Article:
In the darkest hours before his death at The Battle of Thermopylae, King Leonidas of Sparta provided a light that would last forever. It wasn’t about him or his valor – it was about leadership  - and the ultimate price leaders have to pay to prove they are selfless.


Whether you are American, Canadian, or Polish, the ultimate price your parents and grand-parents have paid for you is that which we all cherish, but sometimes forget to take the time to respect. Liberty.


“Sweetest of all is liberty. This we have chosen and this we pay for.”

-Leonidas, Gates of Fire (page 212)


If what you have seen unfold in the last 3-5 years in our said “free markets” makes you proud, confident, or trustworthy of our said liberties and freedoms, I will call you the contrarian this morning.


It’s one thing to have the courage to stand up to ideological tyrants. It’s entirely another thing to seize the moment when they’ve been revealed for who they really are. Losers. And there has never been a more pressing time in modern American history where this country needs winners to start leading them into daily battle again.


Being called a loser is hard. In our profession it’s actually harder to read than it is to accept. Most people aren’t forced to accept responsibility in recommendation. That’s because we have created a culture in Washington and on Wall Street where losers don’t lose.


They win.


All the while, we sweat equity capitalists who are winning have to keep putting up with their losing ideas. This devastates confidence. That’s the bad and old news.


The good and new news is that the US Dollar strengthening. I think the market is sending us a tremendous opportunity to be the change we all want to see in our markets.


We don’t need policy. We need to pay the price to get rid of its broken promise.


Back to the Global Macro Grind


I’m just going to give you what you need this morning. My positioning and the risk management levels that matter across this Globally Interconnect battlefield of risk.


Hedgeye Asset Allocation Model: 

  1. CASH = I raised our Cash position from 64% to 70% yesterday by selling my long-term US Treasuries. I have zero appetite for Ben Bernanke’s last asset bubble.
  2. INTERNATIONAL FX = 9% and next to Cash, being long the US Dollar Index outright is my highest conviction Global Macro position. Get the US Dollar right (we’ve made 24 calls on the USD since 2008 and been right 23 times), you’ll get a lot of other things right.
  3. INTERNATIONAL EQUITIES = 9% (long China and the Philippines) and this has been dead wrong not only this week, but for all of September. I am not a buyer of more of this mistake on weakness. I am a seller on strength.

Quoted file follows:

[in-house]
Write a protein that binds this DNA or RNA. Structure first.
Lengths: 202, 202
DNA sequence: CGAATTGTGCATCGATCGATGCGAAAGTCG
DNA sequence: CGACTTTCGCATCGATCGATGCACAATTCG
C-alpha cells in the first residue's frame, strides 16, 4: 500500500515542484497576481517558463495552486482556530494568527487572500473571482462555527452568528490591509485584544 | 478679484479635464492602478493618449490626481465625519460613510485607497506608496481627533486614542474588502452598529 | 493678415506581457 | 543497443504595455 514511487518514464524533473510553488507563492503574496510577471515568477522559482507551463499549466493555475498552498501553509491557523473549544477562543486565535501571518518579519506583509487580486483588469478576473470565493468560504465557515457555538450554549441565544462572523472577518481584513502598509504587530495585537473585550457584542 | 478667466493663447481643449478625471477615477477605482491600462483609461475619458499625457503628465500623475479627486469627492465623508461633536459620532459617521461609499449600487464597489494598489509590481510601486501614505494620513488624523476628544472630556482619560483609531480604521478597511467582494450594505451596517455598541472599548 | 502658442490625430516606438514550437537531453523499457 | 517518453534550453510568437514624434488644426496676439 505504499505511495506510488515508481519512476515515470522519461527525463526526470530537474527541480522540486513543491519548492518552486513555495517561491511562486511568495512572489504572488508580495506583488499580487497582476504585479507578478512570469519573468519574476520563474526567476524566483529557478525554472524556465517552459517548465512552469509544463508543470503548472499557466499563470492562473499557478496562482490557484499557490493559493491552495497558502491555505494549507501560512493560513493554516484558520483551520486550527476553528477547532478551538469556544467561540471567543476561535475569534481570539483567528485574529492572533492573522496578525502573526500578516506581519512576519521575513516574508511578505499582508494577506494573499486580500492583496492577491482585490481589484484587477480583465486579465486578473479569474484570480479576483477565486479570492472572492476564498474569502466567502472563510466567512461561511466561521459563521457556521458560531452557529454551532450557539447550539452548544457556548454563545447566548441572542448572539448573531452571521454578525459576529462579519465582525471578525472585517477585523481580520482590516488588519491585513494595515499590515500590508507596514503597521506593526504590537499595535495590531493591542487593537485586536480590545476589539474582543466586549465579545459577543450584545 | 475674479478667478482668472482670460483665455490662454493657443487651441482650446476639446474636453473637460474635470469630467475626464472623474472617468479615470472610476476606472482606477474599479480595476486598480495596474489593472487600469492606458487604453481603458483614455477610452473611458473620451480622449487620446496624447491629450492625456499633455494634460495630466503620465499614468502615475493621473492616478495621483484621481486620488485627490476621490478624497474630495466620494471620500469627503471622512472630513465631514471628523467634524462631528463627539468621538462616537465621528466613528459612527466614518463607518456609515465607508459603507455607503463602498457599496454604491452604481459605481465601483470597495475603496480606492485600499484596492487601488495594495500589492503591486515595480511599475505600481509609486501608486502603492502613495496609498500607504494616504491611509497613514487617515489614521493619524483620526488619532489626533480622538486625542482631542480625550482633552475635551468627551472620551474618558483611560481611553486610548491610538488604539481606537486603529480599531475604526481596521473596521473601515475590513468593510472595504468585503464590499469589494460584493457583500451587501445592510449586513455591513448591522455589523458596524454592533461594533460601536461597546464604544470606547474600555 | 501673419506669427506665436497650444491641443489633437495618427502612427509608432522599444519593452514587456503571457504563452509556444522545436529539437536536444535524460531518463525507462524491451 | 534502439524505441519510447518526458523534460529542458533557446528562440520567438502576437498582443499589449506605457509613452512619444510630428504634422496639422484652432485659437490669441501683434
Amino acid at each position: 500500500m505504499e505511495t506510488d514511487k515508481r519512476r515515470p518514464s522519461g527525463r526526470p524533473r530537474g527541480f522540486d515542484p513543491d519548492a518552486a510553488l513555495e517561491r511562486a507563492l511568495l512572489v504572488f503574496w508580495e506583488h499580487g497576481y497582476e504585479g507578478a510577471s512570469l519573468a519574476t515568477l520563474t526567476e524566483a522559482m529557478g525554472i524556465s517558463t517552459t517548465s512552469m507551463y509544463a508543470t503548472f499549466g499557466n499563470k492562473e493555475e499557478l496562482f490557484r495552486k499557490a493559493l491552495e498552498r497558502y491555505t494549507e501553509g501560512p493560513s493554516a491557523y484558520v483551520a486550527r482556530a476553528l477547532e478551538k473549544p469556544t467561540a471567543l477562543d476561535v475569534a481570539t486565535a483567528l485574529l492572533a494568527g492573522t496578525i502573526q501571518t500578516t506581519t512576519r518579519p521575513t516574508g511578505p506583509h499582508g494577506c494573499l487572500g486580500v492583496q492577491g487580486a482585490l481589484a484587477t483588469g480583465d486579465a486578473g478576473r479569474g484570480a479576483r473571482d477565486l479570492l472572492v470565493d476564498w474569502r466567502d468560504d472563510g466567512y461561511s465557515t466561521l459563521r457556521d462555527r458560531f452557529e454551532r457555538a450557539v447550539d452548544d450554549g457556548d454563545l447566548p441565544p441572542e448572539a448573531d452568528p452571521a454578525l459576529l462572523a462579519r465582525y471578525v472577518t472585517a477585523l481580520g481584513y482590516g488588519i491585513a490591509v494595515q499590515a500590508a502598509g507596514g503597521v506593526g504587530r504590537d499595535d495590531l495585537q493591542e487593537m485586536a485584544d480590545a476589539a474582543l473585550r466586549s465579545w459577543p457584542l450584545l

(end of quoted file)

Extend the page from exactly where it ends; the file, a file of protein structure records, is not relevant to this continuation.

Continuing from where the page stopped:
4. FIXED INCOME = 6% (US Treasury Flattener) and I sold 3% of that FLAT long position yesterday on strength alongside selling the rest of our exposure to long-term Treasuries (TLT). Everything has a price, and I’ve been making the Growth Slowing call since February (when we bought FLAT) – so, to a degree, we need to be booking the Growth Slowing trade gains up here.
  5. US EQUITIES = 6% (long Utilities) and this continues to be the only place I would commit capital from a S&P Sector perspective. Utilities (XLU) is the only Sector ETF in our model that is bullish on both the TRADE and TREND durations. The other 8 of 9 Sector ETF’s in our model are in what we call a Bearish Formation (bearish on all 3 durations – TRADE, TREND, and TAIL).
  6. COMMODITIES = 0%. 

That’s not a typo. ZERO percent means 0%. I’ve made my fair share of mistakes this year, but one of them has not been telling you to get out of asset classes (we went to 0% US and European Equities in June; we went to 0% International FX in July). One of the critical things about winning in this business is that it’s a lot easier to do when you remove your potential losers, entirely, from the field. Cash is king.


Dollar UP is pulverizing International FX and Commodity markets again this morning. Here are some critical Global Macro factors to consider that remind me that “valuation” is not a catalyst: 

  1. South Korea’s KOSPI Index and the Hang Sang in Hong Kong continued to crash overnight (down -5.7% and -1.4%, respectively).
  2. Germany, France, and Greece all reversed, hard, from their “bounce” and are continuing to crash on the downside.
  3. Russia, Oil, Copper didn’t have a bounce at all – this is called the Deflating The Inflation (our call since April) with USD strength. 

Here’s what the US stock market has done across our 3 core risk management durations: down 4 consecutive days; down 7 of the last 9 weeks; and down -27.8% since 2007’s free money leverage-cycle peak. Do we need more Big Government Intervention in our markets?


We are entering the darkest hours of American leadership. Let winners win. Let losers lose. And give me my liberty to lead from the front in these markets, or give my firm’s vision death.


My immediate-term support and resistance ranges for Gold, Oil, and the SP500 are now $1733-1799, $81.09-86.90, and 1119-1166, respectively.